Compassionate Classrooms: Mindfulness-Based Skills to Promote Resilience and Connection in the Autism Classroom
By Guest writer: Megan Davis, LISW/S, RYT/500
Fight - Flight - Freeze and Students with special needs
Our bodies are wired for survival; when we experience stress, anxiety, or viscerally perceive threat, our bodies respond accordingly. We unconsciously shift into a sympathetic nervous system response (fight-flight-freeze), which is an adaptive response to stress. Heart and breathing rates increase, digestion is inhibited, and blood rushes away from the brain. Cortisol, adrenaline and norepinephrine (stress hormones) course through our bodies. Although this is an adaptive response, it becomes maladaptive or harmful when it becomes our default or chronic. Students with special needs, or with Autism Spectrum Disorder, often experience increased anxiety and differently experience sensory input, both of which can activate the sympathetic response. This chronic activation not only impacts the behaviors and emotional wellness of our students, but it also affects physical health and development.
Safety Physiology is the Optimal Space for Learning
A healthy nervous system is flexible and resilient, and part of that resilience is rest, relaxation, and play. When our nervous system experiences safety physiology or a felt sense that “in this moment-all is well”, it is our parasympathetic response (rest-digest) that takes over. Our heart rate slows, our breath is deep and full, digestion is active, and blood rushes to the brain, lungs, and gut. Feel-good hormones, dopamine, and serotonin are released, and we have the capacity to access higher-level thinking (responsive versus reactive). Yoga and mindfulness practices have been shown to activate the body’s parasympathetic response, as well as reduce anxiety and increase self-awareness by bringing attention to the present moment. This safety physiology not only supports wellness, but it is the optimal space for learning. A grounded, settled nervous system results in an integrated body-mind, which is needed to engage in executive functions associated with learning, and also to connect with others. Safety physiology allows us to attune to prosody, cadence, and tone of voice and be more responsive to facial expression/gesture and non-verbal communication, which facilitates social reciprocity and relationship.
Integrating Mindfulness Practices into the Classroom
So how does this translate into the classroom? By integrating mindfulness practices into the classroom, we can offer space for students to connect to the present moment, to notice how they feel, and to literally shift their physiology by engaging in practices designed to calm, settle, and re-set their nervous systems. Begin by adding in one to three minutes of mindfulness to your daily schedule. Practice with your students. The visual cue offers a huge benefit, mirroring fosters connection, and you get to experience the benefits too! Consistent and predictable practice is key; having students establish muscle memory and habit around the practice allows them to more readily access the tools as coping skills when they are activated. Here are a few tips to keep in mind, along with a simple guided breathing exercise:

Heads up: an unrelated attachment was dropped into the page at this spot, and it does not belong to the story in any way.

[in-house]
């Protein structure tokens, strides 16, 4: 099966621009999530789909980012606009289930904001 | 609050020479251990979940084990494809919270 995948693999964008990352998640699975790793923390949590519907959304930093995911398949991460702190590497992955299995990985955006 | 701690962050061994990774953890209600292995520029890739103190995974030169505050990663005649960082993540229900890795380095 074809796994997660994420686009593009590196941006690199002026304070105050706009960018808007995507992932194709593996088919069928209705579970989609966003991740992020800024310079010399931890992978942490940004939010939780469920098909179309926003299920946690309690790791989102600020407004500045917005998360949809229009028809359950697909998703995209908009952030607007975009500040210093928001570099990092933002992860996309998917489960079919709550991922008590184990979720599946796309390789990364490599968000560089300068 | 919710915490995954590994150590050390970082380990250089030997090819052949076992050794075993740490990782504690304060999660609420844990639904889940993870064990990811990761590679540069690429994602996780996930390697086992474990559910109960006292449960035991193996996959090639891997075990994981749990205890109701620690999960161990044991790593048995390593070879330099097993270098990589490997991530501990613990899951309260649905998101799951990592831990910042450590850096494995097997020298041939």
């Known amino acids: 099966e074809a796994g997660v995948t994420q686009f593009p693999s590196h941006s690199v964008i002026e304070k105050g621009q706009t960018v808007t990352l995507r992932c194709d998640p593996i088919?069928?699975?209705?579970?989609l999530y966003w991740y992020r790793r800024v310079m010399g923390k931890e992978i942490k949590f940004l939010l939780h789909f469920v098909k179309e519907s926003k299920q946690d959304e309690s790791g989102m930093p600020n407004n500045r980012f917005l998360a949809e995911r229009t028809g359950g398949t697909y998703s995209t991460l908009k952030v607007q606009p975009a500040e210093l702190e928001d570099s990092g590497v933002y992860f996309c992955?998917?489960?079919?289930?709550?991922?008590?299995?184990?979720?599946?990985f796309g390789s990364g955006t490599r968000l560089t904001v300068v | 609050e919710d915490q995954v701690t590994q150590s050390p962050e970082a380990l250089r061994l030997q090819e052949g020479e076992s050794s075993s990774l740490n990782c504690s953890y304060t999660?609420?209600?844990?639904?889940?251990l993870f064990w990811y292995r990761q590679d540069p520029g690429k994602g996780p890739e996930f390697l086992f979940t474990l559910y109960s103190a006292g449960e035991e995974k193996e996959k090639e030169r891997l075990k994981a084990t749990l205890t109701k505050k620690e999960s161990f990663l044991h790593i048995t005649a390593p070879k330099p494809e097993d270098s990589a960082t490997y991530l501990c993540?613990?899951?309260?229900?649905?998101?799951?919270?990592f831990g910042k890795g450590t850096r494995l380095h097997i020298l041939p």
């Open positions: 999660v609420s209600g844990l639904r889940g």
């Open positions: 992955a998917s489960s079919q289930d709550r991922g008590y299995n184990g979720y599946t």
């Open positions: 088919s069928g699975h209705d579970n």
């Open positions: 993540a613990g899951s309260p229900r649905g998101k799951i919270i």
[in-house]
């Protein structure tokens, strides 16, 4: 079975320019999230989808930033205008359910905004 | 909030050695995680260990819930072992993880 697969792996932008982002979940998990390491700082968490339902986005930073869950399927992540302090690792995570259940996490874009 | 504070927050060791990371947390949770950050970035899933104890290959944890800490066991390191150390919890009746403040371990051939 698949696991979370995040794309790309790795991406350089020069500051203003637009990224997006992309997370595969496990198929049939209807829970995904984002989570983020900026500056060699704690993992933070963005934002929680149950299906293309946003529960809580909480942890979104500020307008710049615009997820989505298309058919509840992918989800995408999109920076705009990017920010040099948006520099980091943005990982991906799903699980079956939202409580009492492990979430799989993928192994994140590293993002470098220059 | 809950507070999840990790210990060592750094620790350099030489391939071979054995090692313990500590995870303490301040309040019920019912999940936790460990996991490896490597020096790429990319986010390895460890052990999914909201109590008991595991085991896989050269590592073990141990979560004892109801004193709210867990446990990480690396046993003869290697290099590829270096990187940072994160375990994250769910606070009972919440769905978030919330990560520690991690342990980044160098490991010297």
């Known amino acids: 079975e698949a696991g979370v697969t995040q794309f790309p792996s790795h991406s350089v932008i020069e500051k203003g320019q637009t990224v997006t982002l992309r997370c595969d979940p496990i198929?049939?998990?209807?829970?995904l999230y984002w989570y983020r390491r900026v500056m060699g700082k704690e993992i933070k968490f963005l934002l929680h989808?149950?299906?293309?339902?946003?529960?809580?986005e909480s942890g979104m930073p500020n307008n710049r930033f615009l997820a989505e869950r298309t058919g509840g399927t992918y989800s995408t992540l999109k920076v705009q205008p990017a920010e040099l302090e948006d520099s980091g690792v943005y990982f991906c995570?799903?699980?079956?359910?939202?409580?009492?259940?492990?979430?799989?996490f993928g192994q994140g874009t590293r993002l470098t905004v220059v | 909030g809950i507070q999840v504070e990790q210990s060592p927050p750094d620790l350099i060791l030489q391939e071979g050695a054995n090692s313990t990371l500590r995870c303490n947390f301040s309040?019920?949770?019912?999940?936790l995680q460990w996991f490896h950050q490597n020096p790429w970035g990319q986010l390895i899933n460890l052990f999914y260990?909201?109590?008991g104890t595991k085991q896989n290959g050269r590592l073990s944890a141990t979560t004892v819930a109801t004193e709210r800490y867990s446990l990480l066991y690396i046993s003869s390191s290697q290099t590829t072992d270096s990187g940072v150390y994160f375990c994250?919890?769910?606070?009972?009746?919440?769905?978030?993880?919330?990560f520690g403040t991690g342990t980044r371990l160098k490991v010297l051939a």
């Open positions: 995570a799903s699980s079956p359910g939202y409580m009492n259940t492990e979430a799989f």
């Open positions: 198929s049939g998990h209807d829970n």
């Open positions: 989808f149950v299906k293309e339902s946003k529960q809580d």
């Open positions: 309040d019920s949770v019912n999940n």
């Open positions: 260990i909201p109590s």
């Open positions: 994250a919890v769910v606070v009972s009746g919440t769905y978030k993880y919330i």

- In general, a focus on the exhale stimulates the PNS (parasympathetic nervous system), or the brake pedal of our stress response system.
- Acute attention to the breath may increase anxiety or trigger the SNS (sympathetic nervous system) or the gas pedal, so if this happens, meet them where they are and go slow.
- Invitational language, choice, and options offer a trauma-informed approach to breathing and mindfulness skills.
- Use movement (raising arms on the inhale, lowering on the exhale), sensory feedback (place a beanie baby or folded blanket on the abdomen), or cognitive tasks (like counting, affirmations, visualization) to anchor breathing practices.
- Never require eyes to be closed to practice breathing or mindfulness.
Balloon Breath Application
Sit tall and feel your feet on the floor or your bottom in your chair. Look over your shoulder in both directions and then straight ahead. Find something still to look at or close your eyes if you like. I invite you to place your hands gently on your belly, or one on your belly and one on your heart. We are going to practice breathing like a balloon, in and out through our nose. You might imagine what a balloon looks like when it fills up with air. What happens when you let the air out? See if you can notice your breath right now. Breathe in through your nose and breathe out through your nose. You might notice your hands moving up and down on your belly as you breathe, like a wave. Let’s keep breathing like a balloon, three more times. (cue to breathe in and out, 3-5 more times. Let students know how many rounds you will do) Now, let your hands rest in your lap or on your desk. Look around, notice what you see. How do you feel?
About Our Guest Writer
Megan Davis has over 15 years of experience working as a clinical social worker in inner-city Cleveland, particularly around trauma and loss. Since completing her first yoga teacher training in 2012, she has integrated yoga and mindfulness into her work with children, teens, families, and women. Megan has extensive training around trauma-informed yoga and facilitates training for yoga instructors, counselors, and educators on teaching yoga and mindfulness practices through this lens. She has taught trauma-informed yoga in schools, mental health agencies, and drug and alcohol treatment settings. She currently teaches yoga and mindfulness at Applewood Centers and serves as the director of curriculum and instruction for the local non-profit ZENworks Yoga. Her intention in this crazy, beautiful life is to be a conduit of change and believes that each of us has the capacity for resilience and grace, if given the opportunity to uncover it.